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Treatment of pyloric stenosis in a cat via pylorectomy and gastroduodenostomy (Billroth I procedure)

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  • 1 Department of Clinical Sciences, College of Veterinary Medicine, Mississippi State University, Mississippi State, MS 39762.
  • | 2 Department of Clinical Sciences, College of Veterinary Medicine, Mississippi State University, Mississippi State, MS 39762.
  • | 3 Department of Clinical Sciences, College of Veterinary Medicine, Mississippi State University, Mississippi State, MS 39762.

Abstract

Case Description—A 5-month-old 1.9-kg (4.2-lb) spayed female Siamese cat was evaluated because of a history of decreased appetite, regurgitation, vomiting, and lack of weight gain.

Clinical Findings—Radiographic findings included a fluid- and gas-distended stomach with a small accumulation of mineral opacities. Ultrasonographic examination confirmed severe fluid distention of the stomach with multiple hyperechoic structures present and revealed protrusion of the thickened pylorus into the gastric lumen, with normal pylorogastric serosal continuity. Endoscopy of the upper gastrointestinal tract revealed an abnormally shortened pyloric antrum and stenotic pyloric outflow orifice. Pyloric stenosis resulting in pyloric outflow obstruction was diagnosed.

Treatment and Outcome—A pylorectomy with end-to-end gastroduodenostomy (Billroth I procedure) was successfully performed, and a temporary gastrostomy tube was placed. Six days after surgery, the cat was eating and drinking normally, with the tube only used for administration of medications. The gastrostomy tube was removed 12 days after surgery. Results of follow-up examination by the referring veterinarian 3 weeks after surgery were normal. Occasional vomiting approximately 2 months after surgery was managed medically. Fifteen months after surgery, the owners reported that the cat seemed completely normal in appearance and behavior.

Clinical Relevance—Pyloric stenosis should be considered a differential diagnosis for young cats with pyloric outflow obstruction. The cat of this report was treated successfully with a Billroth I procedure. Histologic examination and immunohistochemical analysis of the excised tissue showed the stenosis to be associated with hypertrophy of the tunica muscularis.

Abstract

Case Description—A 5-month-old 1.9-kg (4.2-lb) spayed female Siamese cat was evaluated because of a history of decreased appetite, regurgitation, vomiting, and lack of weight gain.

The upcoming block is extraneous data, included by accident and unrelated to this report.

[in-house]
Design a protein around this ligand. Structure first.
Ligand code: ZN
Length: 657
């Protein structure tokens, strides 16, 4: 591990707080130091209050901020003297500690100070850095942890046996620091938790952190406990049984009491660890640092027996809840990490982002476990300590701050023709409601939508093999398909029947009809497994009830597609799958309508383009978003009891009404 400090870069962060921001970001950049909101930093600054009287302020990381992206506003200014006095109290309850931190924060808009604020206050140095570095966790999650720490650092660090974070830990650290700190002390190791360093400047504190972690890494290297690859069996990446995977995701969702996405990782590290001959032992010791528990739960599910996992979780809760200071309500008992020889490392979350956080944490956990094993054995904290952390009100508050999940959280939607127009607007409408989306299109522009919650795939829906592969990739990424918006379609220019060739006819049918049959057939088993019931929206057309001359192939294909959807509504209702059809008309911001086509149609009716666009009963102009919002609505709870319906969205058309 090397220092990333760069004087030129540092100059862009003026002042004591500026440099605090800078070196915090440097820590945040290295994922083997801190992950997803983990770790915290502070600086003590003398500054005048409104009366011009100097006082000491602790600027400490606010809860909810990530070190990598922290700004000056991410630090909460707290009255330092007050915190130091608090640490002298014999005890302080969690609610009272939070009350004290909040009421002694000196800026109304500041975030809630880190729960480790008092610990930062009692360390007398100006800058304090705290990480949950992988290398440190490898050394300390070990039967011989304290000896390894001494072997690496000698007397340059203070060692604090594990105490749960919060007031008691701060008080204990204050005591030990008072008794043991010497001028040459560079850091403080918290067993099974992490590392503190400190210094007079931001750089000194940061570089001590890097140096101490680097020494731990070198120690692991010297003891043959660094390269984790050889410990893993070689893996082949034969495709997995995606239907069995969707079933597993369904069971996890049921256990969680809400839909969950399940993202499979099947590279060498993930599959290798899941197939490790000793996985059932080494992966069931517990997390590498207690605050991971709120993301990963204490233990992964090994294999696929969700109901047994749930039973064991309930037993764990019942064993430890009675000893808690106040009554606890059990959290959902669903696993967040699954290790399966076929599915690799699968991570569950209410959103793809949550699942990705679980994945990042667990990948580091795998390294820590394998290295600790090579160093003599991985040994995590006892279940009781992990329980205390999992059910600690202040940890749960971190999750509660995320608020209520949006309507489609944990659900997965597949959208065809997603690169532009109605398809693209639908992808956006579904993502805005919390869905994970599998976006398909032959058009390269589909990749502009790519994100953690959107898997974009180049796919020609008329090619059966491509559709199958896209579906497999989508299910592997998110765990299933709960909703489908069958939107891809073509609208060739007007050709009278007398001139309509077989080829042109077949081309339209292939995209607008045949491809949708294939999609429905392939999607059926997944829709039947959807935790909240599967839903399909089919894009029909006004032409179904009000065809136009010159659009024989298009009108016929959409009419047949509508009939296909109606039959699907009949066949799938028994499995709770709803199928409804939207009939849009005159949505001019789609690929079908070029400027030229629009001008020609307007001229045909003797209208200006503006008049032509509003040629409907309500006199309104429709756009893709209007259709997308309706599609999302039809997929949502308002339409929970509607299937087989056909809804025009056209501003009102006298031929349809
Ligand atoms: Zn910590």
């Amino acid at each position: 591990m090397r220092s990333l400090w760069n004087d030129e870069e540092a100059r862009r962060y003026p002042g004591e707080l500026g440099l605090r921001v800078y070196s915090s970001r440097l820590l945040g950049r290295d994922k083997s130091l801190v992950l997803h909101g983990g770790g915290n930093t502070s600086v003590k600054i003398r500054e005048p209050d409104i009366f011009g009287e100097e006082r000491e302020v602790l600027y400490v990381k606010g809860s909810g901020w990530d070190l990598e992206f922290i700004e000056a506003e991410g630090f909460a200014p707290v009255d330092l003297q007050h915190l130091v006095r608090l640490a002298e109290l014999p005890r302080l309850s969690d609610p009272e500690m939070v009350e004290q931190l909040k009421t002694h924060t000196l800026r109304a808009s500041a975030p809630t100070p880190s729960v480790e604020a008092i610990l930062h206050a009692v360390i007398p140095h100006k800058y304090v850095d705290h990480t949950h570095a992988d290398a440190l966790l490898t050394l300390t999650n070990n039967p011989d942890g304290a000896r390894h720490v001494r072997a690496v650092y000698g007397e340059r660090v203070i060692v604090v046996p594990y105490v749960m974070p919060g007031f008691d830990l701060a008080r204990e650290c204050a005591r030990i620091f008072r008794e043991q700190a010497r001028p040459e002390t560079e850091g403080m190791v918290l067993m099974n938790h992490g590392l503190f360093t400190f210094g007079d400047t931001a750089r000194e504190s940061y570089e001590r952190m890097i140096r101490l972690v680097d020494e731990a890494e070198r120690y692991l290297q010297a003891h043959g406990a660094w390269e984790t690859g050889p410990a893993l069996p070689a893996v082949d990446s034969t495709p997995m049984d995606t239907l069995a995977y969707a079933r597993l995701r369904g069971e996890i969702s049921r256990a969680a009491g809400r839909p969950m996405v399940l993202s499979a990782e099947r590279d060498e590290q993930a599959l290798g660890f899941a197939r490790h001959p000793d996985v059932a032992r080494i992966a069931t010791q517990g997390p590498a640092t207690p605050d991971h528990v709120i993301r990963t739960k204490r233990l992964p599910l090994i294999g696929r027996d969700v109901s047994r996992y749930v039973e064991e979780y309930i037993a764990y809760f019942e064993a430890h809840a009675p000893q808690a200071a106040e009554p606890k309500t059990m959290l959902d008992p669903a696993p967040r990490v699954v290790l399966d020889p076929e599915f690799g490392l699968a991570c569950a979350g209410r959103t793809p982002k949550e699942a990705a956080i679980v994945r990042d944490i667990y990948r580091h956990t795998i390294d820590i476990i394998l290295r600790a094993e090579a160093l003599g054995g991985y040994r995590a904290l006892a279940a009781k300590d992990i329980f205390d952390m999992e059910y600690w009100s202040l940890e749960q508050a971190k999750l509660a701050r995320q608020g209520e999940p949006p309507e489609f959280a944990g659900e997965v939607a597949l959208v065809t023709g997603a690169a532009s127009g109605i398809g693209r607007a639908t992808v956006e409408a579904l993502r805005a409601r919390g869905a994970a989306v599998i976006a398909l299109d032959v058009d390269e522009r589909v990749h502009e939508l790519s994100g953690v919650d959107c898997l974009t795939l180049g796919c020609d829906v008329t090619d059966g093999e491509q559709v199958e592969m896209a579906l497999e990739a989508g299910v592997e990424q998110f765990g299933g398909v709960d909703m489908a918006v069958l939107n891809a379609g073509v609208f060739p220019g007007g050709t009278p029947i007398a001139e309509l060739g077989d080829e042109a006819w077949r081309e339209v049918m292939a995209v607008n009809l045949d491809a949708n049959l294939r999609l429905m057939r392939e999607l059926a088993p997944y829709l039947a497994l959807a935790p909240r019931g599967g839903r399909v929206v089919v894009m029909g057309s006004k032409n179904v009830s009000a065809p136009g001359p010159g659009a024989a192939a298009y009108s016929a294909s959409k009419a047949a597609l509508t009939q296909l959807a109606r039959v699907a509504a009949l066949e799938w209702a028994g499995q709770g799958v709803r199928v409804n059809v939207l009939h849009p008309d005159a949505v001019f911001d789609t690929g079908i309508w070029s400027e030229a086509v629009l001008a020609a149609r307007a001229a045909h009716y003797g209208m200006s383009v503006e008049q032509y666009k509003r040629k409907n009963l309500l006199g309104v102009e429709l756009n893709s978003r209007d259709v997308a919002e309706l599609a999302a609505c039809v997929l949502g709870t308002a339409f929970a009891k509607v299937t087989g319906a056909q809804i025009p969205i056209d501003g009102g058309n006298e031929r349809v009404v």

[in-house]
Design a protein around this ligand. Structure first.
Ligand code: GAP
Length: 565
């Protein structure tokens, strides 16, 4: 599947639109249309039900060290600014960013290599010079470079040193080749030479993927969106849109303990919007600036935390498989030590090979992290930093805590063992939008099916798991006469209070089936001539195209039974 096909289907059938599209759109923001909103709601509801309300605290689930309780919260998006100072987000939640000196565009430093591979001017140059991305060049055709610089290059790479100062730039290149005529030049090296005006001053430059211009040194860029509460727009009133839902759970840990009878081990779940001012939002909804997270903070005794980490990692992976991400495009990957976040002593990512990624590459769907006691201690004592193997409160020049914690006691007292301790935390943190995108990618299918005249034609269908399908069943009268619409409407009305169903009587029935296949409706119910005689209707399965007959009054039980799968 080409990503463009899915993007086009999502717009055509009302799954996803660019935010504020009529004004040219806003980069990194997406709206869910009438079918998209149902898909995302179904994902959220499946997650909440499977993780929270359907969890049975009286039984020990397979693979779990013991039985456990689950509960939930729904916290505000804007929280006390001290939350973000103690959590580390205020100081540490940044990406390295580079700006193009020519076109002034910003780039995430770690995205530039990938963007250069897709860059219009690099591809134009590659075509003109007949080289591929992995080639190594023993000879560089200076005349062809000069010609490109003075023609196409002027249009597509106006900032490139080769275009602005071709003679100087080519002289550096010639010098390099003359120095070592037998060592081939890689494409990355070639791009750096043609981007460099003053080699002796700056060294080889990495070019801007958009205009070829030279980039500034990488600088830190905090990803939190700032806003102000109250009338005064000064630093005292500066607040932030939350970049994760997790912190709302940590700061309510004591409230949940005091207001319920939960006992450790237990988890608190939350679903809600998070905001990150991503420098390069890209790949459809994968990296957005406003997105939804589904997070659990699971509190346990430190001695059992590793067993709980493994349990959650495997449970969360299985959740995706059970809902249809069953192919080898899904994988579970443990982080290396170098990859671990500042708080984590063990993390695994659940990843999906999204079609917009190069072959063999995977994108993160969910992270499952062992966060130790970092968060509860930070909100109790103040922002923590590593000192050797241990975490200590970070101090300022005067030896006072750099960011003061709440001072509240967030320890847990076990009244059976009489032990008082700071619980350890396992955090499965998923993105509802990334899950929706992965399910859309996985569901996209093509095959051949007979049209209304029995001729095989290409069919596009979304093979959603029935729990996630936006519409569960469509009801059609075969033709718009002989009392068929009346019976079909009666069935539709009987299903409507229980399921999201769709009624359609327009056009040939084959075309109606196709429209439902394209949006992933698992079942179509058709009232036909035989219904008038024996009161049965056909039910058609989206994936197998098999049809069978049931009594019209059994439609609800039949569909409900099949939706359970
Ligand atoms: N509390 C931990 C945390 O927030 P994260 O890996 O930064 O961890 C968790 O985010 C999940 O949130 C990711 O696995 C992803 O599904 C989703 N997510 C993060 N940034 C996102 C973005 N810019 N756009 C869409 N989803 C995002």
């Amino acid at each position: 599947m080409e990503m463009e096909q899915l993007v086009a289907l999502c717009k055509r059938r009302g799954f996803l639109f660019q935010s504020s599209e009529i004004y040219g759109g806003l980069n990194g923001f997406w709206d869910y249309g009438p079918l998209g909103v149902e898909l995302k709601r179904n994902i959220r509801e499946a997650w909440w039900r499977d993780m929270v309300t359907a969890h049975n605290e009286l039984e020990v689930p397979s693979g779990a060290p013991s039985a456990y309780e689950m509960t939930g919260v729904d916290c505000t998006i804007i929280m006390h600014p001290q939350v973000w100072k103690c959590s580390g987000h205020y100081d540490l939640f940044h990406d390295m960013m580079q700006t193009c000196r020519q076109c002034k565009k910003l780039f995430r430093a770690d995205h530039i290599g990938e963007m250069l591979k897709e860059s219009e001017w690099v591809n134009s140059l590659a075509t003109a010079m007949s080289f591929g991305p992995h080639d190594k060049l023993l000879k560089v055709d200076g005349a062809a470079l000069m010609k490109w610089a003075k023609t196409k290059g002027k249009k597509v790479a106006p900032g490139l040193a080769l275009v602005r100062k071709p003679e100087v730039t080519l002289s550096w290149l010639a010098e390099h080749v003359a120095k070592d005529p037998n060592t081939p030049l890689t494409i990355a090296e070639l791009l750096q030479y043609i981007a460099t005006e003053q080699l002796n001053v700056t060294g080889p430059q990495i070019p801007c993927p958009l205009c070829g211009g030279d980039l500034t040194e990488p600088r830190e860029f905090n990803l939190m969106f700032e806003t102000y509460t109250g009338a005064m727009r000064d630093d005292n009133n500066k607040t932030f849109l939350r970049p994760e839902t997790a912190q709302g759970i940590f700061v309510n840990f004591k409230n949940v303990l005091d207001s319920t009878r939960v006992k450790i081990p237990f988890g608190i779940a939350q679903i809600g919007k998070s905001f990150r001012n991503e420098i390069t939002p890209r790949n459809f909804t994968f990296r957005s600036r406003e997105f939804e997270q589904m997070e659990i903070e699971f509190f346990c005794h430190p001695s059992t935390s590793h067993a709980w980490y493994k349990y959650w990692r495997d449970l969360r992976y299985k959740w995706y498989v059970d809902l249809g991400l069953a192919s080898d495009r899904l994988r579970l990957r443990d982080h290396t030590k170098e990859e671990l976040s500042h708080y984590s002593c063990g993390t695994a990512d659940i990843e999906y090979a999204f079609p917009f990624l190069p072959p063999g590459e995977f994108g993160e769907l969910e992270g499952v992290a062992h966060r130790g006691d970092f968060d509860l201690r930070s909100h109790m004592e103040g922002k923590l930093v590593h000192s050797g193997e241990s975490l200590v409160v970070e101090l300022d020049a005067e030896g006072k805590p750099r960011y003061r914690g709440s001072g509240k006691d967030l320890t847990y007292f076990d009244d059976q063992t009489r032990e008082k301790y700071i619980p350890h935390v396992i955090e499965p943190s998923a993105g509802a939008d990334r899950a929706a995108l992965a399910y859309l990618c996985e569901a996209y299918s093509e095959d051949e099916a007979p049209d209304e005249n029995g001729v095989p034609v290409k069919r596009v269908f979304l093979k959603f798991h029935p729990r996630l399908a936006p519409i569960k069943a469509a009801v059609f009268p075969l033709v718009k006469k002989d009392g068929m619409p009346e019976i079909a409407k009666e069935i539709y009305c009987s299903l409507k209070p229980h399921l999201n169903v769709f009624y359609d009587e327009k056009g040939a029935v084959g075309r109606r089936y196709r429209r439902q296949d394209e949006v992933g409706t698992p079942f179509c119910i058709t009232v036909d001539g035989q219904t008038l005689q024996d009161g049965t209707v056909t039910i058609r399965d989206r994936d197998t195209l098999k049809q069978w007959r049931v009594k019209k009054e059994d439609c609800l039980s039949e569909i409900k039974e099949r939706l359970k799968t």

Clinical Findings—Radiographic findings included a fluid- and gas-distended stomach with a small accumulation of mineral opacities. Ultrasonographic examination confirmed severe fluid distention of the stomach with multiple hyperechoic structures present and revealed protrusion of the thickened pylorus into the gastric lumen, with normal pylorogastric serosal continuity. Endoscopy of the upper gastrointestinal tract revealed an abnormally shortened pyloric antrum and stenotic pyloric outflow orifice. Pyloric stenosis resulting in pyloric outflow obstruction was diagnosed.

Treatment and Outcome—A pylorectomy with end-to-end gastroduodenostomy (Billroth I procedure) was successfully performed, and a temporary gastrostomy tube was placed. Six days after surgery, the cat was eating and drinking normally, with the tube only used for administration of medications. The gastrostomy tube was removed 12 days after surgery. Results of follow-up examination by the referring veterinarian 3 weeks after surgery were normal. Occasional vomiting approximately 2 months after surgery was managed medically. Fifteen months after surgery, the owners reported that the cat seemed completely normal in appearance and behavior.

Clinical Relevance—Pyloric stenosis should be considered a differential diagnosis for young cats with pyloric outflow obstruction. The cat of this report was treated successfully with a Billroth I procedure. Histologic examination and immunohistochemical analysis of the excised tissue showed the stenosis to be associated with hypertrophy of the tunica muscularis.

Contributor Notes

Dr. Kimberlin's present address is Veterinary Specialty Services, 1021 Howard George Dr, Manchester, MO 63021.

The authors have no conflicts of interest to disclose.

The authors thank Dr. Jim Cooley for assistance with interpretation of the histopathologic findings and acquiring photomicrographs.

Address correspondence to Dr. Syrcle (syrcle@cvm.msstate.edu).